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GOOD God, what an incongruous animal is man! How unsettled in his best part, his soul; and how changing and variable in his frame of body? The constancy of the one shook by every notion; the temperature of the other affected by every blast of wind! What is he altogether but one mighty inconsistency; sickness and pain is the lot of one half of him; doubt and fear the portion of the other! What a bustle we make about passing our time, when all our space is but a point? What aims and ambitions are crowded into this little instant of our life, which (as Shakespeare finely words it) is rounded with a sleep?

Our whole extent of being is no more in the eye of him who gave it, than a scarce perceptible moment of duration. Those animals, whose circle of living is limited to three or four hours,

as the naturalists tell us, are yet as long lived and possess as wide a scene of action as man, if we consider him with a view to all space and all eternity. Who knows what plots, what achievments, a mite may perform in his kingdom of a grain of dust, within his life of some minutes; and of how much less consideration than even this, is the life of man in the sight of God who is for ever and for ever?

Who that thinks in this train, but must see the world, and its contemptible grandeurs, lessen before him at every thought. It is enough to make one remain stupefied in a poise of inaction, void of all desires, of all designs, of all friendship.




NOTHING makes a more ridiculous figure in a man's life, than the disparity we often find in him sick and well: thus one of an unfortunate constitution is perpetually exhibiting a miserable example of the weakness of his mind, and of his body, in their turns. I have had frequent opportunities of late to consider myself in these different views, and I hope, have received some advantage by it, if what Waller says be true, that

The soul's dark cottage, batter'd and decay'd,

Lets in new light thro' chinks that time has made.

Then surely sickness, contributing no less than old age, to shake down this scaffolding of the body, may discover the inward structure more plainly. Sickness is a sort of early old age, it teaches us a diffidence in our earthly state, and inspires

with the thoughts of a future, better than a thousand volumes of philosophers and divines. It gives so warning a concussion to those props of our vanity, our strength and youth, that we think of fortifying ourselves within, when there is so little dependence on our outworks.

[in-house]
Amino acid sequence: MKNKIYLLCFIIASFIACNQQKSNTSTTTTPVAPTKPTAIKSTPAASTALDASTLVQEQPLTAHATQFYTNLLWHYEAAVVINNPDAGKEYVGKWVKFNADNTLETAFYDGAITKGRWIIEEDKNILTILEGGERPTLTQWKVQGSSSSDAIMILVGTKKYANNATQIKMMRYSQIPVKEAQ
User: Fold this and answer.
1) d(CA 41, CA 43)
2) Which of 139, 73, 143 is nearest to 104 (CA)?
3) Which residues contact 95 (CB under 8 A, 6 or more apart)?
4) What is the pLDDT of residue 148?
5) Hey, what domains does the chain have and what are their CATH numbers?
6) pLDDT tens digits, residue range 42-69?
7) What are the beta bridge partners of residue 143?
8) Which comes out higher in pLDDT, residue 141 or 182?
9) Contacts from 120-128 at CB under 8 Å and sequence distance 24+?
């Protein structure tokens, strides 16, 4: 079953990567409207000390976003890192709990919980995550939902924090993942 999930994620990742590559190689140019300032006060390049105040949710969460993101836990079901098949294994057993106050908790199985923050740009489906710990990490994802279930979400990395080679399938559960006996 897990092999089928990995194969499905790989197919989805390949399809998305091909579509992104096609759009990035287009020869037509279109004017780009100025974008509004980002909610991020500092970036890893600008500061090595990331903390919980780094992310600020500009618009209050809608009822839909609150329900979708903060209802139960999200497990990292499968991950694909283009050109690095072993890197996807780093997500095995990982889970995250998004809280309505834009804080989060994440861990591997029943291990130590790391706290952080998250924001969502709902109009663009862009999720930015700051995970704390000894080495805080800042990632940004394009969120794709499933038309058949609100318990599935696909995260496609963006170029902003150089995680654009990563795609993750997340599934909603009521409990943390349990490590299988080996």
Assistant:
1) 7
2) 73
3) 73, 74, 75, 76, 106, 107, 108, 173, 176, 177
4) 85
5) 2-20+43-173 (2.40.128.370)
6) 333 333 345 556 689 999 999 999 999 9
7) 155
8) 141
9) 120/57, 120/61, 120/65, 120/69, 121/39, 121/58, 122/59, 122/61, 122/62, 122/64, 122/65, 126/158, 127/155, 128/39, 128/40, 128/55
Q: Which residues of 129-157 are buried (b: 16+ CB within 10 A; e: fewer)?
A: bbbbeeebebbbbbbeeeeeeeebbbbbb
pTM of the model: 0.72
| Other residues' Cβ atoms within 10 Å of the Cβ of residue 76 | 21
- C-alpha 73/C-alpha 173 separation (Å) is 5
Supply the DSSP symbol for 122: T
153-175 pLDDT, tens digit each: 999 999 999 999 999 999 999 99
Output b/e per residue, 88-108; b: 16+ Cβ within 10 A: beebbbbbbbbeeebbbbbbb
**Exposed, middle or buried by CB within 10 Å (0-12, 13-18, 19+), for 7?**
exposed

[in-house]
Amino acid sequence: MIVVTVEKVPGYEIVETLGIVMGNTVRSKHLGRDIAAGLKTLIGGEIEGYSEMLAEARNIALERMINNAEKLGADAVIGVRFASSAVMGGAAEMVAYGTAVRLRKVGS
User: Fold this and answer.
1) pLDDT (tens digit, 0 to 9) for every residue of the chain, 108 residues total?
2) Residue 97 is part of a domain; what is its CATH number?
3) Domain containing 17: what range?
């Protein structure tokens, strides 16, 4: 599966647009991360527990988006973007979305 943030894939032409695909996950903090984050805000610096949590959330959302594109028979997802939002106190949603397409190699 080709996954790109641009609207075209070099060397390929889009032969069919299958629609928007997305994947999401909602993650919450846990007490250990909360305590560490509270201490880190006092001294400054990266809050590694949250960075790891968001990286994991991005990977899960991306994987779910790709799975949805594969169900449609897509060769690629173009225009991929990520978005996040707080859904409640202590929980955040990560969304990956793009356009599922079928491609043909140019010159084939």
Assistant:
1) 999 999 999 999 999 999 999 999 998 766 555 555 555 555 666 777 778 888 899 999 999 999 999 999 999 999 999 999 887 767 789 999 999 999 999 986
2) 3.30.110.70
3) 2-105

Youth at the very best is but a betrayer of human life in a gentler and smoother manner than age; it is like a stream that nourishes a plant upon a bank, and causes it to flourish and blossom to the sight, but at the same time is undermining it at the root in secret. My youth has dealt more fairly and openly with me. It has afforded several prospects of my danger, and given me an advantage not very common to young men, that the attractions of the world have not dazzled me much; and I begin where most people end, with a full conviction of the emptiness of all sorts of ambition, and the unsatisfactory nature of all human pleasures. When a smart fit of sickness tells me this scurvy tenement of my body will fall in a short time, I am e'en as unconcerned as that honest Hibernian, who being in bed during the great storm, and told the house would tumble over his head, made answer, "What care I for the house? I

am only a lodger."

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I fancy it is the best time to die when one is in the best humour; and so excessively weak as I now am, I may say with conscience, that I am not at all uneasy at the thought, that many men whom I never esteemed, are likely to enjoy the world after me.

When I reflect what an inconsiderable atom every single man is, with respect to the whole creation, methinks, it is a shame to be concerned at the removal of such a trivial animal as I am. The morning after my exit, the sun will rise as bright as ever, the flowers smell as sweet, the plants spring as green, the world will proceed in its old course, people will laugh as heartily, and marry as fast as before.

"The memory of man (as it is elegantly ex"pressed in the book of Wisdom) passeth away

as the remembrance of a guest that tarrieth "but one day." There are reasons enough in the fourth chapter of the same book to make any young man contented with the prospect of death. "For honourable age is not that which “standeth in length of time, or is measured by "number of years. But wisdom is the grey hair "to men, and an unspotted life is old age. He 66 was taken away speedily, lest wickedness should "alter his understanding, or deceit beguile his "soul."

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